9. 9. Example 2: UNDP meta -review 1. Meta review of evaluations of country programmes (commissioned by EO) 2. 30 evaluations were assessed on the criteria effectiveness, efficiency, sustainability 3. Aggregate frequency analysis of criteria-specific ratings 4. QCA: common factors explaining performance criteria 5. Challenges: 1. Rating is ex post 2. Gaps in evidence available from reports 3. Unit of analysis (country programme)) and comparability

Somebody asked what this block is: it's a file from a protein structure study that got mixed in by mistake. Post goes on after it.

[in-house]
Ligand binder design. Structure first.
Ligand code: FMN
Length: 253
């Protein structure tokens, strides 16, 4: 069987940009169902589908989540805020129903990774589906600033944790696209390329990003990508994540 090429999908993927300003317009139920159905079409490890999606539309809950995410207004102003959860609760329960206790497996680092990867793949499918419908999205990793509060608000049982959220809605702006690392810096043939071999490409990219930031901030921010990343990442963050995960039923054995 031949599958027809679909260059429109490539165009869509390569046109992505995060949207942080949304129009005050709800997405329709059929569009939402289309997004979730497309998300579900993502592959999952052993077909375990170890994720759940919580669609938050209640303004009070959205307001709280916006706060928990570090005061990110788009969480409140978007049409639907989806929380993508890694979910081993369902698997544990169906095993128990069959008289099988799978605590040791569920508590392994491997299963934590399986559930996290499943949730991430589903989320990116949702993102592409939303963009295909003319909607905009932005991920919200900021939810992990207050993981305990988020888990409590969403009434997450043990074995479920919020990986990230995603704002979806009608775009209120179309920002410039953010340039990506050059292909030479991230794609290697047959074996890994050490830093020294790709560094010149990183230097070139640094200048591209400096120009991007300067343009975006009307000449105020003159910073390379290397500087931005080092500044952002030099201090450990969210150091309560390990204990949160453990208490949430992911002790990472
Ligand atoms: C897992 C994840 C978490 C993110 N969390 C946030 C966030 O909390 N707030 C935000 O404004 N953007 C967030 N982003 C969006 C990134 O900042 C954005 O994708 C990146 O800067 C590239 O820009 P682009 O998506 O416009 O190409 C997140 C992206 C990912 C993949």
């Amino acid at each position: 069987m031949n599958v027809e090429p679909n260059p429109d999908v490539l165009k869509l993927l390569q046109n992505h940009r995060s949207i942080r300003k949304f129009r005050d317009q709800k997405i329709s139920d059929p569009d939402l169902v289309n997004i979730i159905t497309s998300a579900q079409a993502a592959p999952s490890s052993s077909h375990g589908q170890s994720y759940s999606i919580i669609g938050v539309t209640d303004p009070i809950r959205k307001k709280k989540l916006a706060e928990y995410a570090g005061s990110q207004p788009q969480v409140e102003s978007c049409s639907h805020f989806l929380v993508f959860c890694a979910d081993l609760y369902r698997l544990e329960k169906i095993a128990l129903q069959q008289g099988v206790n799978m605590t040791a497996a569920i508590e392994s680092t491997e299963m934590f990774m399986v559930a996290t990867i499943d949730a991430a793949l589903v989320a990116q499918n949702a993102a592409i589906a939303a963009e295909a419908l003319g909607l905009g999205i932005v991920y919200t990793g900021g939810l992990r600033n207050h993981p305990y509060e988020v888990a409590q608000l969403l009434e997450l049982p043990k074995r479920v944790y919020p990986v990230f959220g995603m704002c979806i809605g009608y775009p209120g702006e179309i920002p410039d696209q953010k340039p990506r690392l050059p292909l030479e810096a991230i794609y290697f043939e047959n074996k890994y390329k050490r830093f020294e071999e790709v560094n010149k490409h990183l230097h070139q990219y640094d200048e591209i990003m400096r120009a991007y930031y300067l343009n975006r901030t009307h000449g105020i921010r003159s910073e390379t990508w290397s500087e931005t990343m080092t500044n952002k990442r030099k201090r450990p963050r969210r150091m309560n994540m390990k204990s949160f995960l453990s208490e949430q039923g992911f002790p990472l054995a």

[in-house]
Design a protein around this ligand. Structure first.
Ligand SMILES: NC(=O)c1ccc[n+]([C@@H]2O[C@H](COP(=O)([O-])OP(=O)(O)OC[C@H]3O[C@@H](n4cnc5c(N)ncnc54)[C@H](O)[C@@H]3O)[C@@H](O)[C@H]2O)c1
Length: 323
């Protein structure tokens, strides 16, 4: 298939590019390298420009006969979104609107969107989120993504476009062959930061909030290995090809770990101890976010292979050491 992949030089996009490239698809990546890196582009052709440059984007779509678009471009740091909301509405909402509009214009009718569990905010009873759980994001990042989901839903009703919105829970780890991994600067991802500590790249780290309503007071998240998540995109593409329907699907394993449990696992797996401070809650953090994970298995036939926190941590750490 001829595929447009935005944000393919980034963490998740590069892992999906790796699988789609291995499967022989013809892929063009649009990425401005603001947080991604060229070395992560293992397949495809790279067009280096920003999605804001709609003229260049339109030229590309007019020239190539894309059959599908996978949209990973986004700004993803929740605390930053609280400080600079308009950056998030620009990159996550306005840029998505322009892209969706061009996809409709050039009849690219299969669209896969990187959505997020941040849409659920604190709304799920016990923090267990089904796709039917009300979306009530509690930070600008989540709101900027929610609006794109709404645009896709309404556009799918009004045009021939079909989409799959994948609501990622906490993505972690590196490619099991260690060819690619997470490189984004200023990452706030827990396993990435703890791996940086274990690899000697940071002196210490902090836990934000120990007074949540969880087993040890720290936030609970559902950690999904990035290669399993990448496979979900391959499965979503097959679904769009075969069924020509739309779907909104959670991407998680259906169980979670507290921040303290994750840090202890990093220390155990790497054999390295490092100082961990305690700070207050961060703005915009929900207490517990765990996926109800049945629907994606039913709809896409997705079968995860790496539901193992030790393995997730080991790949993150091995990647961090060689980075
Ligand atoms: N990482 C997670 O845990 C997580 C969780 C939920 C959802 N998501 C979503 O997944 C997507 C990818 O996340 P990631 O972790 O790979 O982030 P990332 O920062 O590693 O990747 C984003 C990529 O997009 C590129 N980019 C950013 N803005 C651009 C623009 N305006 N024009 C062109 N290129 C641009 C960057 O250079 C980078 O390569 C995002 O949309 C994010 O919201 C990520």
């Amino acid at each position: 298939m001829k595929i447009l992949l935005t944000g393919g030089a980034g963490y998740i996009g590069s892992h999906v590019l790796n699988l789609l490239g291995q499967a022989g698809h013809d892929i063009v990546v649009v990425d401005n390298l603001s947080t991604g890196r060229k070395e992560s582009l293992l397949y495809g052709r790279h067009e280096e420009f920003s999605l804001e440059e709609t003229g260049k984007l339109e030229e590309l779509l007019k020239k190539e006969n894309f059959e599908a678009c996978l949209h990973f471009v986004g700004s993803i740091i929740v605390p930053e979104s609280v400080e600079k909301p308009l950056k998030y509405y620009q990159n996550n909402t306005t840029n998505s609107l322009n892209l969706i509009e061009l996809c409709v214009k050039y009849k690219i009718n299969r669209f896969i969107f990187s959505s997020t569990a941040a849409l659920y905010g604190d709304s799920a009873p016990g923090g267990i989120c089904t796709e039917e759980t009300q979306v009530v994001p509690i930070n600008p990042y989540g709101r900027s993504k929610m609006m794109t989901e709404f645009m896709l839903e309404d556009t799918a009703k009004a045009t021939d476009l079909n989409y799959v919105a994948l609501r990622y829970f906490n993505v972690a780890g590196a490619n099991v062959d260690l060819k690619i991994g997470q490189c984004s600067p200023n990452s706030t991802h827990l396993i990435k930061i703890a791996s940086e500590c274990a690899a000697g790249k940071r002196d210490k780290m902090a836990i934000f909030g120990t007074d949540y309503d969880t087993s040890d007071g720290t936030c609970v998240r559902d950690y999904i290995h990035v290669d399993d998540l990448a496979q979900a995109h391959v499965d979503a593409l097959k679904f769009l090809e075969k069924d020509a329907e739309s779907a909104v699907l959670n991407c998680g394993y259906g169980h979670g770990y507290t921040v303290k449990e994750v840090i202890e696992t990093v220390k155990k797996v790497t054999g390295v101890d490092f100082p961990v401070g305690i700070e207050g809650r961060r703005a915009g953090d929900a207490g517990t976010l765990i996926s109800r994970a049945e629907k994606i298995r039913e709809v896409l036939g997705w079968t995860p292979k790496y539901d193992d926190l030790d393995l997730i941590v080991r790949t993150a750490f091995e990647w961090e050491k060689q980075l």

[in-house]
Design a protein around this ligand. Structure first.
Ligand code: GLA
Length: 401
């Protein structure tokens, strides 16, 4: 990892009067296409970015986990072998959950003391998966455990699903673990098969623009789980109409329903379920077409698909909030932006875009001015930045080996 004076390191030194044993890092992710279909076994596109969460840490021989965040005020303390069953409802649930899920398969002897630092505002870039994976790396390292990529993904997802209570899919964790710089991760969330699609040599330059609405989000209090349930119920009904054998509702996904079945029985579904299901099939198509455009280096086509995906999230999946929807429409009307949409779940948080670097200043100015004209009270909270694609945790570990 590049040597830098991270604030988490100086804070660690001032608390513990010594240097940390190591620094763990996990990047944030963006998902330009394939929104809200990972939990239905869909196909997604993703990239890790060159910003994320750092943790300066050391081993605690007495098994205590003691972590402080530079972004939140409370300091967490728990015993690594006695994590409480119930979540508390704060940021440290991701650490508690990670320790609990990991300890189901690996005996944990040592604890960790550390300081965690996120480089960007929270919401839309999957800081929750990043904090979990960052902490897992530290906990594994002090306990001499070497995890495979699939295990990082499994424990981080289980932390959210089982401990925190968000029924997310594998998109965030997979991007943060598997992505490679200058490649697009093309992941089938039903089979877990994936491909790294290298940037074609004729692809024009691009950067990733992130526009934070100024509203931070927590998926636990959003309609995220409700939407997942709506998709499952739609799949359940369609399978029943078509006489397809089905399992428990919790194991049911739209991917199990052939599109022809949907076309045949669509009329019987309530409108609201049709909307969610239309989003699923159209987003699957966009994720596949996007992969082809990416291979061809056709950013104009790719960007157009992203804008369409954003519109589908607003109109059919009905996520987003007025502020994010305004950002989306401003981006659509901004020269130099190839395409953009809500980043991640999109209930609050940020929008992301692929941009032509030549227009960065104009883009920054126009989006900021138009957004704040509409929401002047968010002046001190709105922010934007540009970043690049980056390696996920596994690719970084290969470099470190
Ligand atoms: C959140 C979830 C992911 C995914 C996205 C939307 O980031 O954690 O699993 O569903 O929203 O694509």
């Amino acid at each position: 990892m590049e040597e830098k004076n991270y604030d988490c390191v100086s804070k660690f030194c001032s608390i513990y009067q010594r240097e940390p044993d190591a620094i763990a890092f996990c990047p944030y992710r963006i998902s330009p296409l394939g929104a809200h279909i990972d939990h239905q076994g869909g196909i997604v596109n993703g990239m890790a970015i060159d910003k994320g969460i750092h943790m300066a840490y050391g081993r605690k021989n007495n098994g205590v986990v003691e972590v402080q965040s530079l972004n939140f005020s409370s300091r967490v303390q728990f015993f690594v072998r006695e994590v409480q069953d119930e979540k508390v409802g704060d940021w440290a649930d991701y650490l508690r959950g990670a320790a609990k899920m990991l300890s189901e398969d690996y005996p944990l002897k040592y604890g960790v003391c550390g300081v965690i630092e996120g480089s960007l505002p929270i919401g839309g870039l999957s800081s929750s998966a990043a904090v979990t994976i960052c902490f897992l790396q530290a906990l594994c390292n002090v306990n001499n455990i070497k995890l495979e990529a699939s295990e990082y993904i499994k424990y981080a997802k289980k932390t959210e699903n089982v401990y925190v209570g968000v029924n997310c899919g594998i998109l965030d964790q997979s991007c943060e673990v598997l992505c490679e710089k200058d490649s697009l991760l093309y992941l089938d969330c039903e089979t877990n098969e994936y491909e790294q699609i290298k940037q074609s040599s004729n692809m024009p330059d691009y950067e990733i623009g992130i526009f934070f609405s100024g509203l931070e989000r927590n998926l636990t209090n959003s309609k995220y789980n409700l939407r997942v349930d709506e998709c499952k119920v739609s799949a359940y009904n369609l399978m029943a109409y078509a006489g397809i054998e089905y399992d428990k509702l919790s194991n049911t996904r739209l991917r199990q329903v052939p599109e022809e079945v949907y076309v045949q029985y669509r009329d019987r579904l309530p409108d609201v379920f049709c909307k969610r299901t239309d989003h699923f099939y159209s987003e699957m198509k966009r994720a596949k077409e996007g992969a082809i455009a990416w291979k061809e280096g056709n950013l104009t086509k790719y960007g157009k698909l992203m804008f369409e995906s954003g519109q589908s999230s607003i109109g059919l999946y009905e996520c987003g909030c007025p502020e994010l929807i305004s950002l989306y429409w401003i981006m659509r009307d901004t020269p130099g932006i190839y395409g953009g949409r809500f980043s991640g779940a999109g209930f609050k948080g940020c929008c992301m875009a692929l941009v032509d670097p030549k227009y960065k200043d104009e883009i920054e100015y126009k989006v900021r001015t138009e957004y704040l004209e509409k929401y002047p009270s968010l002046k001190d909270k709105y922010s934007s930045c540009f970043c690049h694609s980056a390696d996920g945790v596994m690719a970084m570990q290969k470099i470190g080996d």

10. 10. Example 3: articulating the nested intervention logic of UNESCO’s World Heritage Convention Ratification of convention n1 countries Convention reflected in policy strategies n2 (< n1) countries Convention integrated into concrete interventions n3 (< n2) countries Preservation and sustainable use of World Heritage sites UNESCO support UNESCO support UNESCO support effects effects effects effects